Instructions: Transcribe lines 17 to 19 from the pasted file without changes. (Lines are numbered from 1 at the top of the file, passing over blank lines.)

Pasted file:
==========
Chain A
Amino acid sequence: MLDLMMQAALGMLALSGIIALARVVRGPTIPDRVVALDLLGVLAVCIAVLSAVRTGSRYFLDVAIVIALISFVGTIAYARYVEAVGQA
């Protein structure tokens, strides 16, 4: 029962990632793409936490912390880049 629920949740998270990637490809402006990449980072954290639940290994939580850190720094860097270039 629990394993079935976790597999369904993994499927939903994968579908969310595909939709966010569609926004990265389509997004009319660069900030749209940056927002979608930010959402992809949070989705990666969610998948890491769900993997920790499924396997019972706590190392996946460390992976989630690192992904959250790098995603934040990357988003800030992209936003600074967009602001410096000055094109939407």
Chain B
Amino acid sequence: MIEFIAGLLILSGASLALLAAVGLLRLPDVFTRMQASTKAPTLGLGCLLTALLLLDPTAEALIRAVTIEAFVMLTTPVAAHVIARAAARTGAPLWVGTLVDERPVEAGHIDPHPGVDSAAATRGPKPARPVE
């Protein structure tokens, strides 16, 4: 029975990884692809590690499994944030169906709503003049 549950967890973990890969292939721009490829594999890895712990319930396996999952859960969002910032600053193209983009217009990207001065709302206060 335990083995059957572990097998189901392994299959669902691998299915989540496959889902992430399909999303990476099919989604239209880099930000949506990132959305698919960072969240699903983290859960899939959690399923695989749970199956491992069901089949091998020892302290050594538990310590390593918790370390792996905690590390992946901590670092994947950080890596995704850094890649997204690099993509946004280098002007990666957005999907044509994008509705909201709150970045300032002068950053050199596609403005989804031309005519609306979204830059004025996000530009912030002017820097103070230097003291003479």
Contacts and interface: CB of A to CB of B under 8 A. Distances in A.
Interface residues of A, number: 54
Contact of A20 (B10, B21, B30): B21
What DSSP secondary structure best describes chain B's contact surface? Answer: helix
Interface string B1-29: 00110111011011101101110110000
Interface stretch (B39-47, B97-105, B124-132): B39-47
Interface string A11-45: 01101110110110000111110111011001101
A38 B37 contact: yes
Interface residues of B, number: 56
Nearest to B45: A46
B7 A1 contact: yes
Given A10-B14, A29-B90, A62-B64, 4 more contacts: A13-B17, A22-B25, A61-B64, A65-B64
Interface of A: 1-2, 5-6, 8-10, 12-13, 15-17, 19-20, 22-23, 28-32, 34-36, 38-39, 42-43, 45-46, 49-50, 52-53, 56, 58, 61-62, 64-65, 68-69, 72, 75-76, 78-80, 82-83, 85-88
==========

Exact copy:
B7 A1 contact: yes
Given A10-B14, A29-B90, A62-B64, 4 more contacts: A13-B17, A22-B25, A61-B64, A65-B64
Interface of A: 1-2, 5-6, 8-10, 12-13, 15-17, 19-20, 22-23, 28-32, 34-36, 38-39, 42-43, 45-46, 49-50, 52-53, 56, 58, 61-62, 64-65, 68-69, 72, 75-76, 78-80, 82-83, 85-88